|Sparring in the Proctor Dojo around 1989/90|
In the first two posts of this series I talked about the sparring type culture in a martial arts school using a black belt test that some students of mine and I had just attended as an example of that type of culture.
This time I want to discuss another type of school culture and which is again of the sparring culture but from my own training background, which is the family or private dojo. It was in the summer of 1983 when I was invited over to train at my instructor’s house. He had quit teaching at a commercial school (Texas Karate Institute in Plano) and had opened up his garage in his house as his personal dojo.
|Meg watching and waiting for her turn at the door|
There was a small group of men and occasionally women who would work out and spar at the dojo, many of the individuals would come 2-3 times per week for the work outs, sometimes there would be 1-2 people that would show up sometimes more. What formed was a close knit group of people who trained with each other for several years. It is a testament to this group that several are still training there even today almost 30 years later.
Generally sensei Proctor and I would work on kata when I came home from college, in private workouts. However the vast majority of time for the group work outs focused on sparring. As a group we never wore full uniforms, nor belts, nor lined up by rank, we didn’t do any real punching and kicking combinations drills like in a normal school, we simply sparred. But not in the normal sense, sparring at the Proctor dojo was vastly different than in the commercial dojo; we fought hard, we got taken down to the floor, we got kicked into the walls, we wrestled, we did the ground and pound before it was named the ground and pound, we kicked to the legs, we elbowed and kneed each other, all with leaving our belts and egos at the door.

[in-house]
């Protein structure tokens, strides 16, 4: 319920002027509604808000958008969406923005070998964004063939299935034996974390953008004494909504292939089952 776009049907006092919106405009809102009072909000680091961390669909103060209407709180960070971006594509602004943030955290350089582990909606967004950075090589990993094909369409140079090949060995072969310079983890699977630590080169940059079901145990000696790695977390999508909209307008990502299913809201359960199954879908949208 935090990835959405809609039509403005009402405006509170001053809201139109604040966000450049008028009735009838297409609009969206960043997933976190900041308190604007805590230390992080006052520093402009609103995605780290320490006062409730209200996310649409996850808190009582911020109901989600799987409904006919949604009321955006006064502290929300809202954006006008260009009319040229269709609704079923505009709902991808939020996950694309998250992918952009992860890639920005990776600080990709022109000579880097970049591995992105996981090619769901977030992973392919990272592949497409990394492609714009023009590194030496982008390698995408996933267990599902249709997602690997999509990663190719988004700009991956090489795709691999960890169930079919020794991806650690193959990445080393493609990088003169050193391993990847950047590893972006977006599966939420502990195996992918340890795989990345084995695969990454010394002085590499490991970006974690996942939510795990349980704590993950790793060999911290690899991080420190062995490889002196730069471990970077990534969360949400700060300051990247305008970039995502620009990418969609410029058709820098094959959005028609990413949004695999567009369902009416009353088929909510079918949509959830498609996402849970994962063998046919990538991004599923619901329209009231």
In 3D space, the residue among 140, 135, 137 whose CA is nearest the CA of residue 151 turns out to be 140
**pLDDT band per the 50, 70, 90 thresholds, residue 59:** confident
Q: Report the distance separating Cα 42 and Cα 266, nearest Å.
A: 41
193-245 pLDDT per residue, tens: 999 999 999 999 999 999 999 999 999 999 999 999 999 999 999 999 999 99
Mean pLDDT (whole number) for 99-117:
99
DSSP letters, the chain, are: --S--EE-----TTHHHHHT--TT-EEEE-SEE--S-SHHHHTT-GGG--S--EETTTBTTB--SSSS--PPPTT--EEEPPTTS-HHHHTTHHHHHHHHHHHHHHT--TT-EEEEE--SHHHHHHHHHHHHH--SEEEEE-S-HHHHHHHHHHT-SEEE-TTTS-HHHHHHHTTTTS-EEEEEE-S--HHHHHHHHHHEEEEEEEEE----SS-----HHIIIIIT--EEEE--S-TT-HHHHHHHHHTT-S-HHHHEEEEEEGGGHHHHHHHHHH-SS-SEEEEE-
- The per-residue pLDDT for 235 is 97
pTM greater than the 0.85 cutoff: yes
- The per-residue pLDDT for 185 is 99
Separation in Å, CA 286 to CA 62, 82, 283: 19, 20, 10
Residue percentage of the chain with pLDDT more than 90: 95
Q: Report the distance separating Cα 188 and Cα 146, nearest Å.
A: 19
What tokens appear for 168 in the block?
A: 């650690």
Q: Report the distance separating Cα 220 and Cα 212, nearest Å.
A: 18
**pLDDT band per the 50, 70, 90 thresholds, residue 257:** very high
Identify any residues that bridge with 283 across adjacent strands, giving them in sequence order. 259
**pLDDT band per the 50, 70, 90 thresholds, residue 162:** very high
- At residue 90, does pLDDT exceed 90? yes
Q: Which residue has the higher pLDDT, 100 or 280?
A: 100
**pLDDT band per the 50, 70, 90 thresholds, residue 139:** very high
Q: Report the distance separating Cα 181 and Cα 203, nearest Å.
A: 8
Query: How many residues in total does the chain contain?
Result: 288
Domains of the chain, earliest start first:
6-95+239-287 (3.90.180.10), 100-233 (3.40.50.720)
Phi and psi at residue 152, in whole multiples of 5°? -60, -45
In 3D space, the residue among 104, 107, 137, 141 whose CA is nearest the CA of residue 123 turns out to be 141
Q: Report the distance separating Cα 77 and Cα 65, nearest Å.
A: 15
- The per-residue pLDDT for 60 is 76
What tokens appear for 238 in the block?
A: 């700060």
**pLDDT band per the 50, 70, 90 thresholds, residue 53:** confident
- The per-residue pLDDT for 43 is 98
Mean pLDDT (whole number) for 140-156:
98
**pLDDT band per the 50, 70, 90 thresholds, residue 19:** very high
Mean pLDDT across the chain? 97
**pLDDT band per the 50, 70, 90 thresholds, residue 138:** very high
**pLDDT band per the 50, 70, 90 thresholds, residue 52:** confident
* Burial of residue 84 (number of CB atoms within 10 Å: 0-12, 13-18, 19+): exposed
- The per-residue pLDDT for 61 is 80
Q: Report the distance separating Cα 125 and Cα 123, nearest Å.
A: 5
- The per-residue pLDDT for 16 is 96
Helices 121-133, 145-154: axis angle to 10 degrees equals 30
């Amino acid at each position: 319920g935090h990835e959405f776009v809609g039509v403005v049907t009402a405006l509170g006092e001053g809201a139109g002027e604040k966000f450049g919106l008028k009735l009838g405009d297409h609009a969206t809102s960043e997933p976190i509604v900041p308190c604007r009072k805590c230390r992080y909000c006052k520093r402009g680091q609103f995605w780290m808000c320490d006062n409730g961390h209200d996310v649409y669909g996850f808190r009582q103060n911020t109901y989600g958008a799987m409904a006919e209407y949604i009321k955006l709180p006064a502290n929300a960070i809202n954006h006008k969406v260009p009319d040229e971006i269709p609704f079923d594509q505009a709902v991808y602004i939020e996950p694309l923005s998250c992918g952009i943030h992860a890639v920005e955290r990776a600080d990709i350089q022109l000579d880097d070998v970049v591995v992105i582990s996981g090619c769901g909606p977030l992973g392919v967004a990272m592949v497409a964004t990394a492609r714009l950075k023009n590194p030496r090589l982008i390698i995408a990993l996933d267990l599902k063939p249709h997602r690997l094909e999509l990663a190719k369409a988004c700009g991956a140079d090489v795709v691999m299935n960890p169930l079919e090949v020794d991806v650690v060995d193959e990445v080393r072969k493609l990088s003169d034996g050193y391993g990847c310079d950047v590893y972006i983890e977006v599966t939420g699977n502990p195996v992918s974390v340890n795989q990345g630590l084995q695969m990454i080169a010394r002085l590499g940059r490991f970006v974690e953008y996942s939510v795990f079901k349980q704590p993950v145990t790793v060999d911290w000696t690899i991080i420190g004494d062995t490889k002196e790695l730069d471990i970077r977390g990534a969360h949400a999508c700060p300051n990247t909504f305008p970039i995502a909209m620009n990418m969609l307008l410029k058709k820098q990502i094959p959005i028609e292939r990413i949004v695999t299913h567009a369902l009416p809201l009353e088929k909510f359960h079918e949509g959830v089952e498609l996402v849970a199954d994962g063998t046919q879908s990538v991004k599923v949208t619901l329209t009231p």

|Vince Roundhouse kicking John|
Some of us (like myself) ended up training there for a time and leaving only to come back again and train some more only to leave again etc. etc. For me I ended up leaving for college, then relocating for work etc. etc. but we all still remained connected to the dojo. So I trained there when I could as well as at other schools when I relocated along with the weekend classes at SMU or the kobudo workouts we had down town. While I had outside influences from all of the other training I did; I learned to fight here in this dojo.
What sparring at sensei Proctor’s dojo brought about was a deep bond between those of us who trained there over the years. Many of us developed deep friendships and respect for one another and a closeness that was and is almost like family. This resulted in having the trust in others that when they kicked at your knee (one of my favorite entries) they were just playing the game and not trying to break it. Once I took a side kick to my ribs breaking them, and having developed the deep trust we had for each other helped me to understand it was my fault for not blocking because the other guy was just kicking at the opening I left; he wasn’t trying to purposely cause me harm. Getting black eyes from well placed kicks or punches, getting a nose broke, getting knocked out or put through the sheet rock that lined the walls was just part of our training experience. The price we paid was blood sweat and tears as well as commitment to the training and to each other, a price that we all gladly and painfully paid.
|Vince catching Meg with a left hook|
While I believe there were many many benefits to training this way, in the 4th part of this series I’ll explain what I believe to be some of the downsides to this type of training.